Arthroscopy, also called arthroscopic surgery, is a minimally invasive surgical procedure on a joint in which an examination and sometimes treatment of damage is performed using an arthroscope, an endoscope that is inserted into the joint through a small incision.
While many hip conditions can be treated through conservative methods, surgery is often needed because of the excessive weight placed on the joint while walking, standing and performing other regular activities. The advantage over traditional open surgery is that the joint does not have to be opened up fully. With hip arthroscopy, recovery time is reduced and may increase the rate of success due to less trauma to the connective tissue. There is also less scarring, because of the smaller incisions.
The surgical instruments are smaller than traditional instruments. Surgeons view the joint area on a video monitor, and can diagnose and repair torn joint tissue, such as ligaments and menisci or cartilage. Your surgeon can replace damaged cartilage, join together torn ends, remove loose bodies or realign the joint to minimize pain and inflammation.
It is technically possible to do an arthroscopic examination of almost every joint, but is most commonly used for the hit as well as the knee, shoulder, elbow, wrist, ankle, and foot.
A hip fracture involves a break in the top of the femur when the bone angles toward the hip joint. This can result in a serious injury, with complications that can be life-threatening. The risk of hip fracture rises with age. They are usually extremely painful and require surgical repair to relieve pain and restore proper functioning.
There are many causes. A severe impact such as a car crash, for example can cause hip fractures in people of all ages. In older adults, a hip fracture is most often a result of a fall from a standing height. In people with very weak bones, a hip fracture can occur simply by standing on the leg and twisting.
Treatment for hip fracture usually involves a combination of surgery, rehabilitation and medication. During hip fracture surgery, an incision is made over the affected area and the bones are aligned back in place. The bones are often held in place with metal pins, screws, rods or plates while they heal, which may or may not be removed later on. The incision is then closed with sutures or staples. This procedure generally takes two to four hours to perform.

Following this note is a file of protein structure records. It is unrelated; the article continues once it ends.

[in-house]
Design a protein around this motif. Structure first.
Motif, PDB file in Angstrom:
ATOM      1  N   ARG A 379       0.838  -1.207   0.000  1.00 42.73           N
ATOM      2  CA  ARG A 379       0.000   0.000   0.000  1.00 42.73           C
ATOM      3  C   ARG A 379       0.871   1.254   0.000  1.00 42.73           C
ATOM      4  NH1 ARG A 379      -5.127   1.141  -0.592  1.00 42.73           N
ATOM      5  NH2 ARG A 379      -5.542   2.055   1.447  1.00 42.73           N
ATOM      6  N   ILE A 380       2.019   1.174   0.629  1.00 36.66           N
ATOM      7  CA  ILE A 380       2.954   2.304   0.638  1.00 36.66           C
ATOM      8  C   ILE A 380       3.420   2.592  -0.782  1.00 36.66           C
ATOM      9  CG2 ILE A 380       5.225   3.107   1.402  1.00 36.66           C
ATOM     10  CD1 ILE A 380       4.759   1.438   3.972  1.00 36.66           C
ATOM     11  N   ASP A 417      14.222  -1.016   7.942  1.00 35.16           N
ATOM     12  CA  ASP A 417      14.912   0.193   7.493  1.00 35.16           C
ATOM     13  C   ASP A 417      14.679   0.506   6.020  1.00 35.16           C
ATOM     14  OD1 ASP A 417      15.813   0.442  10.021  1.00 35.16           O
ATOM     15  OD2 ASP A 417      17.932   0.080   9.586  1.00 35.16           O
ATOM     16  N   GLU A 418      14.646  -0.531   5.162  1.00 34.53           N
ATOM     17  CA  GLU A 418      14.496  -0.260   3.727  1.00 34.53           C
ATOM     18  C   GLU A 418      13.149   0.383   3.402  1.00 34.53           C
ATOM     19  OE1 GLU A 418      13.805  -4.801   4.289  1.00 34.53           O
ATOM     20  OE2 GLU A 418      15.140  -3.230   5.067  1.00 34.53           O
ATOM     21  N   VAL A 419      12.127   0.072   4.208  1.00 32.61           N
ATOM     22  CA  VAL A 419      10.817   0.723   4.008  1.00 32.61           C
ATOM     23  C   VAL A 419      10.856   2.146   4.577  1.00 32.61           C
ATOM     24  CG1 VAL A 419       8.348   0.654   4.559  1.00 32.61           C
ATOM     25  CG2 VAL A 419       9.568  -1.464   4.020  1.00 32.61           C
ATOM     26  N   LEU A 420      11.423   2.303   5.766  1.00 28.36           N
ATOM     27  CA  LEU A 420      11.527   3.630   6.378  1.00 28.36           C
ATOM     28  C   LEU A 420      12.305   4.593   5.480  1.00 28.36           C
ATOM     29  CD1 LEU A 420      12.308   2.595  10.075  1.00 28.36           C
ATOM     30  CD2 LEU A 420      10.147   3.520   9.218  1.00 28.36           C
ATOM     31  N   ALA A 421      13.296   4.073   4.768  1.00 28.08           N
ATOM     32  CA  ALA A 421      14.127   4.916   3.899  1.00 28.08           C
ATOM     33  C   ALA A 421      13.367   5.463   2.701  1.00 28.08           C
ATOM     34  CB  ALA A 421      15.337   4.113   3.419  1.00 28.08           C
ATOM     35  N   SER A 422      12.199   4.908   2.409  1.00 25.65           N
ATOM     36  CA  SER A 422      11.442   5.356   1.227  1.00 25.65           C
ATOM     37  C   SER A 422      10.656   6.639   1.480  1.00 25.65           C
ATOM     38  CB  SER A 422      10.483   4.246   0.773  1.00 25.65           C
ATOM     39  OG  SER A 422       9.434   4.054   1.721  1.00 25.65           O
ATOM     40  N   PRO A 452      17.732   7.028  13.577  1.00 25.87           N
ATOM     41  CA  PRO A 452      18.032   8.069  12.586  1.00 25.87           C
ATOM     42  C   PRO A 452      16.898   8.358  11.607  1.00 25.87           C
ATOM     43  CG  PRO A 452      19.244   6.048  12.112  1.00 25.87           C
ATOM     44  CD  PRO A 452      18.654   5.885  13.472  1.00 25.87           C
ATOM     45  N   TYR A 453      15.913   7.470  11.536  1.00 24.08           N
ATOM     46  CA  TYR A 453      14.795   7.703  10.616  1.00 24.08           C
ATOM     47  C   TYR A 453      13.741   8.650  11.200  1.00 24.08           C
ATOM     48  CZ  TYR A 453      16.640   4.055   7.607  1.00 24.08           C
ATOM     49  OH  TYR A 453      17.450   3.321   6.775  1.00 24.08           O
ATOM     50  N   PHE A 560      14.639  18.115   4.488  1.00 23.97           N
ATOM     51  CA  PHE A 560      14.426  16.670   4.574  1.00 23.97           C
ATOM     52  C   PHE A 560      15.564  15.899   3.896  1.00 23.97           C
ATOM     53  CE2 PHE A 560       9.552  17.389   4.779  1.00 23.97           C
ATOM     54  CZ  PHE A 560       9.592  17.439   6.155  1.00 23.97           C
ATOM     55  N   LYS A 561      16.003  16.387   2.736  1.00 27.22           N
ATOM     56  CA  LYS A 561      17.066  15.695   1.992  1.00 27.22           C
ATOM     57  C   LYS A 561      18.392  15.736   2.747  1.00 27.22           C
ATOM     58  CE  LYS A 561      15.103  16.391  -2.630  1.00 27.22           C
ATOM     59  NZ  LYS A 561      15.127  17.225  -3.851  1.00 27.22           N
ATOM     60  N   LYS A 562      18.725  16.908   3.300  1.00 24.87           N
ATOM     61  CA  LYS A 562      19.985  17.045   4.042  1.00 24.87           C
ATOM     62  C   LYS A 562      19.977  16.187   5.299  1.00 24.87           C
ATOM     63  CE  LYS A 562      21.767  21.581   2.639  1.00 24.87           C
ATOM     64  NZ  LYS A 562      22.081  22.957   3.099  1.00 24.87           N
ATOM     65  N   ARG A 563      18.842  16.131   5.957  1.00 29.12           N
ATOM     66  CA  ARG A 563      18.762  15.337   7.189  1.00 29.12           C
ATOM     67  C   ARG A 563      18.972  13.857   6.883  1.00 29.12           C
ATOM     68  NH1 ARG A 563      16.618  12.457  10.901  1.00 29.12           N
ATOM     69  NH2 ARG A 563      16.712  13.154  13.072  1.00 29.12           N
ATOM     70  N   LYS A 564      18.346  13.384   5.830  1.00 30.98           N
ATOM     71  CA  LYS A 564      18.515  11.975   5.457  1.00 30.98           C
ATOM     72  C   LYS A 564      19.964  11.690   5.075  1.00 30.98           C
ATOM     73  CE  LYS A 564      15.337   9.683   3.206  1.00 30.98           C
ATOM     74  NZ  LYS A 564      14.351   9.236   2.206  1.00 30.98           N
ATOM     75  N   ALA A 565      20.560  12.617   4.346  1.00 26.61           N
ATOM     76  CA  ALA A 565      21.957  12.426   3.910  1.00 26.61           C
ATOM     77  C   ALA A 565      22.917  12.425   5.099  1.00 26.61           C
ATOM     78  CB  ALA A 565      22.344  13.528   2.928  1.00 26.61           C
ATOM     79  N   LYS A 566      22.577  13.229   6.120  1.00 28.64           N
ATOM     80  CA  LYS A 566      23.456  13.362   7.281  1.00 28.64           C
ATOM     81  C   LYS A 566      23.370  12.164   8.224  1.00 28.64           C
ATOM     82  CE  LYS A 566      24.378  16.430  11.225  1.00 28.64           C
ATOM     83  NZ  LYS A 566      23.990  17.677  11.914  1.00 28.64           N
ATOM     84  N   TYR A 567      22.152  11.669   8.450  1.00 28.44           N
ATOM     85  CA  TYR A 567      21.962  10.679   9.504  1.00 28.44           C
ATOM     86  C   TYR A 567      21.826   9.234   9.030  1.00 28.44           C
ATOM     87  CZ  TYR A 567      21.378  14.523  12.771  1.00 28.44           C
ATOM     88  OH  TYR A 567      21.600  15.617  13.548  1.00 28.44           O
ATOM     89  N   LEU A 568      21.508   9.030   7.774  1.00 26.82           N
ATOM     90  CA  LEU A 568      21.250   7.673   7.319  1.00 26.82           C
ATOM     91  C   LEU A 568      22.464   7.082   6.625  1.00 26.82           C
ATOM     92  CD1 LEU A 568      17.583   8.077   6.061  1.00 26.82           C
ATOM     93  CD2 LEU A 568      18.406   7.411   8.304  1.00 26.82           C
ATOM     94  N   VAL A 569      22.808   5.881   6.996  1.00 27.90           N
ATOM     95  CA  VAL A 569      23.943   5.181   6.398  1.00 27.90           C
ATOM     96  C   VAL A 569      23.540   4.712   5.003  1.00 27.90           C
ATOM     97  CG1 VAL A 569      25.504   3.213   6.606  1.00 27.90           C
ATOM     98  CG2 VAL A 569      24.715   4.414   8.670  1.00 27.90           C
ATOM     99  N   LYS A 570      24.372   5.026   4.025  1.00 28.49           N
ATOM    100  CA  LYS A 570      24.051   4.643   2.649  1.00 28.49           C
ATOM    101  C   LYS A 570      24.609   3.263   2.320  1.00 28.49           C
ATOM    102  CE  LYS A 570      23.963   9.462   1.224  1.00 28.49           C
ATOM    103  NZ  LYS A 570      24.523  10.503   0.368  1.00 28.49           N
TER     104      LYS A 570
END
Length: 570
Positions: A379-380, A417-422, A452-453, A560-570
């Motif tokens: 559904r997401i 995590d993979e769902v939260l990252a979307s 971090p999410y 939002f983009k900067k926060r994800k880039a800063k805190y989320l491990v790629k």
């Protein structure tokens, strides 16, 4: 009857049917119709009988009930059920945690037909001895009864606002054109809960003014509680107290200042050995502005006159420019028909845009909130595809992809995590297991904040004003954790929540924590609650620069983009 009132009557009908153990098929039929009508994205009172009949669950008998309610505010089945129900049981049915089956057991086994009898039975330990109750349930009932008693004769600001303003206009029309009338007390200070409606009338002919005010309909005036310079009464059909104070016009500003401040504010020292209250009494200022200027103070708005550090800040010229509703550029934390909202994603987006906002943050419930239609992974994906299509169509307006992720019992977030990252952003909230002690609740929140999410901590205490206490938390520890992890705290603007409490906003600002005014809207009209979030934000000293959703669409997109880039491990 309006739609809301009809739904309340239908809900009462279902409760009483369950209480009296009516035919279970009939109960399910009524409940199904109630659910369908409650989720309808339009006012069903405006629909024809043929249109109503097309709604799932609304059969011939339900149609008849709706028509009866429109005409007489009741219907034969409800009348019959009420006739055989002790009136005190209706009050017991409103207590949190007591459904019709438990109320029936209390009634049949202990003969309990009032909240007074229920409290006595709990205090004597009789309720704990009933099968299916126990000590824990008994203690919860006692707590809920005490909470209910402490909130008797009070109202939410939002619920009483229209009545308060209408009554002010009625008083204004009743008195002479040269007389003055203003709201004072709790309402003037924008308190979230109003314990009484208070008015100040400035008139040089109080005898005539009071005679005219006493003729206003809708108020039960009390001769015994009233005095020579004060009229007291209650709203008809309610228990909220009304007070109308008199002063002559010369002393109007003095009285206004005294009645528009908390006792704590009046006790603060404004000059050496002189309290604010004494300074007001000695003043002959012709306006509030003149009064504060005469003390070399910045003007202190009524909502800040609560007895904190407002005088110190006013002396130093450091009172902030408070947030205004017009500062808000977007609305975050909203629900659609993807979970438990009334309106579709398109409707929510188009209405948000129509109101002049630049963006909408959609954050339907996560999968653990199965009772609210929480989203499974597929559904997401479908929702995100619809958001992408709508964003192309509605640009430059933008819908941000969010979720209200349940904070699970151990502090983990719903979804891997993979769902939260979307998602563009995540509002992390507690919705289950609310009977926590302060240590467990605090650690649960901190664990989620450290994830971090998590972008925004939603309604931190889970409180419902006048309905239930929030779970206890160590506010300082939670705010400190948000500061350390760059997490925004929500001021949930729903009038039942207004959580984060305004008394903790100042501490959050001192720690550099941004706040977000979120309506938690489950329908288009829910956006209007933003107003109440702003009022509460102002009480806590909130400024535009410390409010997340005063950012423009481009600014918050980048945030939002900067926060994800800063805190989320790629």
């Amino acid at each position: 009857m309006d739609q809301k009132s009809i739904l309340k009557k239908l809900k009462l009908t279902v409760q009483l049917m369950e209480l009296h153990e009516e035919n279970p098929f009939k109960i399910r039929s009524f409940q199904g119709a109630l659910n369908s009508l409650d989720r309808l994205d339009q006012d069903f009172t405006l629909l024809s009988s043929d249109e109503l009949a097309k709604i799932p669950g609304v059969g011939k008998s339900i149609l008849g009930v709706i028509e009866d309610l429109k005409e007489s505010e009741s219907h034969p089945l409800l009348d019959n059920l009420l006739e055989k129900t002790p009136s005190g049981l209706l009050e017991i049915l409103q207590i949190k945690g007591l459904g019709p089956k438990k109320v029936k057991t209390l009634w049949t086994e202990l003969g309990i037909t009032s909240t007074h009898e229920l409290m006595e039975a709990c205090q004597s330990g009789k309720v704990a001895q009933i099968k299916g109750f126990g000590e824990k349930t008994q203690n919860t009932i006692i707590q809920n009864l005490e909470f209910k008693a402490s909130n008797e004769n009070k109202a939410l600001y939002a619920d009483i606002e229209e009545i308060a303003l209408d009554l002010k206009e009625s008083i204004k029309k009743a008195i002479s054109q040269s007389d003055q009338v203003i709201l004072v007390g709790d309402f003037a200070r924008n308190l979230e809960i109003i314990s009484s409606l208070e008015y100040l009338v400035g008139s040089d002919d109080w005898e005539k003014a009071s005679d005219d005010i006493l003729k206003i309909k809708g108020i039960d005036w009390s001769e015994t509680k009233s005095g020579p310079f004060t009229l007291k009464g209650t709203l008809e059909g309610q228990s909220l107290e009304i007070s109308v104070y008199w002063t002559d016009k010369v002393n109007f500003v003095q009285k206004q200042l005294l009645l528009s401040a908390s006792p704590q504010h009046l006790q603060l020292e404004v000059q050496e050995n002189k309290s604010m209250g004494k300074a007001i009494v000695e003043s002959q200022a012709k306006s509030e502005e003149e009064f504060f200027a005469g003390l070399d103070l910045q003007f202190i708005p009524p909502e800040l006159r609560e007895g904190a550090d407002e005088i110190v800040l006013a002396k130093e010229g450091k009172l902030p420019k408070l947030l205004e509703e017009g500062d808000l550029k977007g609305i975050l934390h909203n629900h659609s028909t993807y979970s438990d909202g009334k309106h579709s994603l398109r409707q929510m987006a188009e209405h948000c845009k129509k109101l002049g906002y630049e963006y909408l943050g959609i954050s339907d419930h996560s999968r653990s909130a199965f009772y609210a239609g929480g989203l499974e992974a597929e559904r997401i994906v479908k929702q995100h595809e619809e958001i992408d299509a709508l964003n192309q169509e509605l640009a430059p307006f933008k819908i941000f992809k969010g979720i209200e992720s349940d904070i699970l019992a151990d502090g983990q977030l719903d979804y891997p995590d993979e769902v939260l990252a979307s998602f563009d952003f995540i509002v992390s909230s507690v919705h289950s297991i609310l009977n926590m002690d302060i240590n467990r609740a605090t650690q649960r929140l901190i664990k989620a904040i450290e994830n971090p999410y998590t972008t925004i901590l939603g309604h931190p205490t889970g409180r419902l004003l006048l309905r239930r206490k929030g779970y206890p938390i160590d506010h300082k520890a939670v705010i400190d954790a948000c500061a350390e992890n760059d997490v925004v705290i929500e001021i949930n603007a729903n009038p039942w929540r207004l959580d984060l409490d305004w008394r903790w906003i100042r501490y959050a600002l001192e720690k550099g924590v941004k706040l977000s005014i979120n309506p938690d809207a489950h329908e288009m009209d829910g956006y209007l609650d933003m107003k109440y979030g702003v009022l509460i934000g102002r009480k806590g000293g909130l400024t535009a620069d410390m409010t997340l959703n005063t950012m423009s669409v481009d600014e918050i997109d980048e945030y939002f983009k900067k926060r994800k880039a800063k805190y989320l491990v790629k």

Total Hip Replacement
The hip is one of the body’s largest joints. It is a ball-and-socket joint. The socket is formed by the acetabulum, which is part of the large pelvis bone. The ball is the femoral head, which is the upper end of the femur (thighbone).
In a total hip replacement (also called total hip arthroplasty), the damaged bone and cartilage is removed and replaced with prosthetic components. The damaged femoral head is removed and replaced with a metal stem that is placed into the hollow center of the femur. The femoral stem may be either cemented or “press fit” into the bone. The artificial joint, known as the prosthesis, may be cemented in place, may be cementless, or may be a hybrid of both. The prosthetic devices provide pain relief and restored function for as long as 25 years or longer in most cases.
The decision to have hip replacement surgery should be a cooperative one made by you, your family, your primary care doctor, and your orthopaedic surgeon. The process of making this decision typically begins with a referral by your doctor to an orthopaedic surgeon for an initial evaluation.
Here at the Florida Center for Orthopaedics, our doctors will help to decide which procedure is the best fit for you based on a thorough evaluation of your condition and medical history. It is important to discuss the details of your procedure with your doctor in order to achieve the best results.